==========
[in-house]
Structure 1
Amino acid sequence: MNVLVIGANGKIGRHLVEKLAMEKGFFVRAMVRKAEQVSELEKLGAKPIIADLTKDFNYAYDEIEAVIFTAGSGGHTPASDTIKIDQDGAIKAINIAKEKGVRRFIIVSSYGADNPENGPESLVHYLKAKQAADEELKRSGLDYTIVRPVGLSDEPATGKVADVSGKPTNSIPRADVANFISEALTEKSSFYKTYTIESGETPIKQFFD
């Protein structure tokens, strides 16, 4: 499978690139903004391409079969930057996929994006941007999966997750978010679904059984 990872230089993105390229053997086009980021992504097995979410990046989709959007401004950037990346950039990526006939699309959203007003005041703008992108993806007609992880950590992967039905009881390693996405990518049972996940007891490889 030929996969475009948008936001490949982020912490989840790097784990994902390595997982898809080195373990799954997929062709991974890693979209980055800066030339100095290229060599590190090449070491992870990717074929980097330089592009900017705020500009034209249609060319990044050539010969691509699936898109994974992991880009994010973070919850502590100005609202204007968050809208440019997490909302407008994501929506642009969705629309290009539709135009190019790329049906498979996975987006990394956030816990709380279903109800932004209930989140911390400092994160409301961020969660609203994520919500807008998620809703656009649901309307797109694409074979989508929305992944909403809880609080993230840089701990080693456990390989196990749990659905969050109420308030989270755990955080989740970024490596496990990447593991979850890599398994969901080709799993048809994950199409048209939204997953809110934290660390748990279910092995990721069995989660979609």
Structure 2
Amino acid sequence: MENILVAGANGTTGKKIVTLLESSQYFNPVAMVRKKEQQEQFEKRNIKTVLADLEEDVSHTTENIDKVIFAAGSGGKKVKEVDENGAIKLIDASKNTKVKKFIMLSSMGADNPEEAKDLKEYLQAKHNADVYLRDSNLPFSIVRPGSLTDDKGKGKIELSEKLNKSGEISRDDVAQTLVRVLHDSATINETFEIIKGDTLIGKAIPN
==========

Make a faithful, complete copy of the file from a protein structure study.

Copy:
[in-house]
Structure 1
Amino acid sequence: MNVLVIGANGKIGRHLVEKLAMEKGFFVRAMVRKAEQVSELEKLGAKPIIADLTKDFNYAYDEIEAVIFTAGSGGHTPASDTIKIDQDGAIKAINIAKEKGVRRFIIVSSYGADNPENGPESLVHYLKAKQAADEELKRSGLDYTIVRPVGLSDEPATGKVADVSGKPTNSIPRADVANFISEALTEKSSFYKTYTIESGETPIKQFFD
């Protein structure tokens, strides 16, 4: 499978690139903004391409079969930057996929994006941007999966997750978010679904059984 990872230089993105390229053997086009980021992504097995979410990046989709959007401004950037990346950039990526006939699309959203007003005041703008992108993806007609992880950590992967039905009881390693996405990518049972996940007891490889 030929996969475009948008936001490949982020912490989840790097784990994902390595997982898809080195373990799954997929062709991974890693979209980055800066030339100095290229060599590190090449070491992870990717074929980097330089592009900017705020500009034209249609060319990044050539010969691509699936898109994974992991880009994010973070919850502590100005609202204007968050809208440019997490909302407008994501929506642009969705629309290009539709135009190019790329049906498979996975987006990394956030816990709380279903109800932004209930989140911390400092994160409301961020969660609203994520919500807008998620809703656009649901309307797109694409074979989508929305992944909403809880609080993230840089701990080693456990390989196990749990659905969050109420308030989270755990955080989740970024490596496990990447593991979850890599398994969901080709799993048809994950199409048209939204997953809110934290660390748990279910092995990721069995989660979609």
Structure 2
Amino acid sequence: MENILVAGANGTTGKKIVTLLESSQYFNPVAMVRKKEQQEQFEKRNIKTVLADLEEDVSHTTENIDKVIFAAGSGGKKVKEVDENGAIKLIDASKNTKVKKFIMLSSMGADNPEEAKDLKEYLQAKHNADVYLRDSNLPFSIVRPGSLTDDKGKGKIELSEKLNKSGEISRDDVAQTLVRVLHDSATINETFEIIKGDTLIGKAIPN